Frank Zane mastered his mind, body, and spirit to become a three-time Mr. Olympia titleholder (1977,1978,1979). In a recent appearance on the Rob Fletcher Podcast, Zane reflected on his storied career, competing against Arnold Schwarzenegger, and using visualization to conquer the Men’s Open division.
Zane was a student of bodybuilding who understood how to blend symmetry, proportions, and conditioning into a one-of-a-kind physique. Considered one of the godfathers of aesthetics, “The Chemist” proved himself during the golden era, battling against names like Schwarzenegger, Sergio Oliva, and Lou Ferrigno despite being regularly outsized by up to 40 pounds.
Whether it was intricate posing routines, meditation, or sunbathing for a drier look, Zane utilized every weapon at his disposal to elevate his game. At 81 years old, the Golds Gym Venice standout still brings value to the bodybuilding community. And in his latest venture, he opened up about some of his best-kept secrets for winning championships at the highest level.
Frank Zane Credits Visualization for Mr. Olympia Success: ‘The Key to Winning Is to Win it Ahead of Time’
Zane discovered meditation and visualization at the young age of 14. Elaborating on the techniques he still uses today, Zane said his goal is to “not think about anything” so that the mind is “completely free of pictures, words, and sounds.”
“I discovered a few books on meditation [at 14]. I studied them and adopted the techniques. I continued to practice,” added Zane. “It’s very important to be able to turn off your racing mind and get centered. Empty your mind of distraction.”
“20-30 minutes usually once a day, sometimes twice a day… yep usually [in the morning].”
“My goal is to empty the mind and not think about anything and so that the mind is completely free of pictures, words, and sounds. If I want to focus on something I just bring it in,” Zane shared. “Focusing on a point in your body is very helpful.”
Before becoming Mr. Olympia, Zane envisioned himself with gold, emphasizing that the key to success was to “win ahead of time.”
“Yeah I did [visualize myself winning the Olympia],” said Zane. “I also had an associated mantra with that: I have already won. Which broke down into, already won, four beats, already won. The key to winning I discovered is to win it ahead of time. Go in there with the attitude, of I already won.”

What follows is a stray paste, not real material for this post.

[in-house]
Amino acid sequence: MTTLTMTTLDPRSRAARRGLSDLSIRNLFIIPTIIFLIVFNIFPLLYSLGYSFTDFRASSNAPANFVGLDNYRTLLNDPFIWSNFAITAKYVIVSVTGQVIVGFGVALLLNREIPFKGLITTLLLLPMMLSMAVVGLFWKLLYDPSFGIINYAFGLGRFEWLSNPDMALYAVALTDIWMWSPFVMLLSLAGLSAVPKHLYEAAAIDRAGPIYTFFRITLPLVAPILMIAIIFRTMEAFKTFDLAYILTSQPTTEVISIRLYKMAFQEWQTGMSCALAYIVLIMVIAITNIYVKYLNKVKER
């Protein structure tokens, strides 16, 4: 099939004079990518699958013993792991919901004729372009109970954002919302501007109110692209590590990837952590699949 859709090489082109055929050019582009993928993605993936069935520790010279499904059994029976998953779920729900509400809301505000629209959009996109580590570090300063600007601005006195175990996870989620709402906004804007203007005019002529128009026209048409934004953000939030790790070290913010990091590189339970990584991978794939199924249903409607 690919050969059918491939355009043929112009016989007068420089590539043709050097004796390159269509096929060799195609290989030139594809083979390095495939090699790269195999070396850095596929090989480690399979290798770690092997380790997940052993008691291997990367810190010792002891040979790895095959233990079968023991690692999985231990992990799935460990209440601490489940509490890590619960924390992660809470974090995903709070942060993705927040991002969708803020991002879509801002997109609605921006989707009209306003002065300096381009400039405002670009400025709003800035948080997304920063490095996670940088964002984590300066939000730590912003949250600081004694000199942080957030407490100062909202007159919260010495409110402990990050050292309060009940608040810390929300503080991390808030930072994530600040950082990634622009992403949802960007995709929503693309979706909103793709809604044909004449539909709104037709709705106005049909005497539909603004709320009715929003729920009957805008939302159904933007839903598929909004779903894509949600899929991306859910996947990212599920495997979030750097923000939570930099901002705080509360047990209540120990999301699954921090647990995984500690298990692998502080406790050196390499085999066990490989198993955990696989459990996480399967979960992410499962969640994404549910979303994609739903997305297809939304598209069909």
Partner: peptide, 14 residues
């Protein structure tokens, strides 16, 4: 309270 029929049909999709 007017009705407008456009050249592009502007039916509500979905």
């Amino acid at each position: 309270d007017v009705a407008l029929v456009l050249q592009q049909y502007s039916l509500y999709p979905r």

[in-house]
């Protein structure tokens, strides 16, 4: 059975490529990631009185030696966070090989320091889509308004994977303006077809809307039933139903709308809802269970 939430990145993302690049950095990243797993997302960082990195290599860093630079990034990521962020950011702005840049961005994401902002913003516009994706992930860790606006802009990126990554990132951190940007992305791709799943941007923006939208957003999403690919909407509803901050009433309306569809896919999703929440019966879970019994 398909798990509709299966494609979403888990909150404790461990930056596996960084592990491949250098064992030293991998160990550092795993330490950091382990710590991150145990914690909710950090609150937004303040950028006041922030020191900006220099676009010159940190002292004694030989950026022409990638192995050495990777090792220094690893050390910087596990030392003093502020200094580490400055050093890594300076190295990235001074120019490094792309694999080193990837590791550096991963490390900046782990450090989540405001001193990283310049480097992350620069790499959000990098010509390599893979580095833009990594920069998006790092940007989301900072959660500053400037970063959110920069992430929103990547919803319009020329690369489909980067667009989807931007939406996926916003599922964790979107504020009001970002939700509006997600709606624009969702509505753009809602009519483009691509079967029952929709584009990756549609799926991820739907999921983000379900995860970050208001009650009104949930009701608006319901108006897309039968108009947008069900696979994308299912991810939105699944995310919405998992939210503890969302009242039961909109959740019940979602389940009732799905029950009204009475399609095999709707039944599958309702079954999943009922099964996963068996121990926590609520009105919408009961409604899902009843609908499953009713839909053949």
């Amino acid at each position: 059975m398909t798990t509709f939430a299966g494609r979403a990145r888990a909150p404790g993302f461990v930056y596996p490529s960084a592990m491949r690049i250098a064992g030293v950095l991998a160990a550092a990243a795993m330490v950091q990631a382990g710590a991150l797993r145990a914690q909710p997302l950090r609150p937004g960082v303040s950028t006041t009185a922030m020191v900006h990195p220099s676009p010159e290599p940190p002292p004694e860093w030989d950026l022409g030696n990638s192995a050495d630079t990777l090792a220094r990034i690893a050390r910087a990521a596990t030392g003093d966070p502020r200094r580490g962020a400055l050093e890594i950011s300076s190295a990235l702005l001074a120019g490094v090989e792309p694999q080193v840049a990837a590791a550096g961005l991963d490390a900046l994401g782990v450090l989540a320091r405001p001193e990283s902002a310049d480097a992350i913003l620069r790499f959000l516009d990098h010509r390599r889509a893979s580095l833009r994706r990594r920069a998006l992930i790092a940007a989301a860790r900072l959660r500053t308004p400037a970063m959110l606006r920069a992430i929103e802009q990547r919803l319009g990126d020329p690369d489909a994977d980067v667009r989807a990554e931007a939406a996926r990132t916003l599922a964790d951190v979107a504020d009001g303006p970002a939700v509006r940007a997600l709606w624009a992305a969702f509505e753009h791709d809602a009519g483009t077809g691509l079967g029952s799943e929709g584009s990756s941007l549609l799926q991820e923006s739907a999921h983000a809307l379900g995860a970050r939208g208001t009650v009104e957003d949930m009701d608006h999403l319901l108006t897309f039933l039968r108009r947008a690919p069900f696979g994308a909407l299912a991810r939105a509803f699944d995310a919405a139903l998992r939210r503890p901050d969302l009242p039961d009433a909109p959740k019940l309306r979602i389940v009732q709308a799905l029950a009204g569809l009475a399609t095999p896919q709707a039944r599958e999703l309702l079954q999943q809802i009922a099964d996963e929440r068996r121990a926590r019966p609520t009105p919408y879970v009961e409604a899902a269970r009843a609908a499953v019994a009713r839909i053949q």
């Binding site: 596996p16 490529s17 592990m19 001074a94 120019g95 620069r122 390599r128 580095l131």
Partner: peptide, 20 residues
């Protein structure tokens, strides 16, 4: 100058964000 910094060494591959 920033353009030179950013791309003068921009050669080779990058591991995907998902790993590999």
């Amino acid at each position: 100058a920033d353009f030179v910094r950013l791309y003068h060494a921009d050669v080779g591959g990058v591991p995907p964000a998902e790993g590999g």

Zane kept things short and sweet for his career highlights and made mention of defeating Schwarzenegger during his tenure.
“Originally, it was winning Mr. Universe in 1968, beating Arnold. Winning Mr. World’s in 1969 in Belgium, winning NABBA Mr. Universe in 1970 in London. Then, the professional Mr. Universe Nabba in London in 1972, and winning the Olympia in ’77, ’78, ’79.”
“The Chemist” Talks Blood Scans, Supplements, Symmetry, and Exercises Per Body Part
As a fitness trainer and coach, Zane says he always encourages his clients to undergo blood workups.
“As much as possible. I always encourage them [clients] to have complete [blood] workups as much as possible for them,” said Zane.
When it comes to supplements in fitness, Zane prefers sticking to a 16 amino acid freeform capsule and taking vitamin and mineral supplements two or three times daily.
“There’s more of everything. There’s more bodybuilders. There’s more coaches. There’s more gyms, more and better equipment. More techniques, more food supplements,” said Zane. “For me, it’s amino acids in freeform. So I take one that is in a capsule, it’s 16 amino acids in freeform and I take a vitamin and mineral supplement and I take them usually in between meals at least twice a day sometimes three times a day.”
For symmetry, Zane stated it’s most important to address “your weak points.” By taking photos over time, he says imbalances can be corrected.
“Take photos and see what you look like. You have to know first, and then work your weak points. Keep taking photos to see how you start balancing out over time. Get feedback from experts and train those areas harder than the rest of you.”
Lastly, the 81-year-old advocated for “rhythmic and slow negatives” and taxing each body part with two to four different exercises when training.
“Both. It should rhythmic with a slow negative. It’ll work even if you don’t do slow negative but it’ll work better if you do. Rhythm is important. Slower negative is important too. Stretching between sets is important. You combine all three and you have the best possible combination.”
“Two to four [exercises per body part]. Smaller body parts like forearms you could get by with two. But body parts like back, probably the best is four.”
Given his health and longevity, fans and bodybuilders alike are curious about Zane’s methods and techniques. In a special sit-down with Mike O’Hearn, Zane touched on some of these practices and underlined that he didn’t like to compromise his health for bodybuilding preps. Zane eventually learned that his physique could only handle one or two peaks per season.
Decades after his retirement, Frank Zane remains a mastermind of bodybuilding, who to this day, is widely respected for his work ethic, and willpower, but especially for the degree of aesthetics he brought to the stage.
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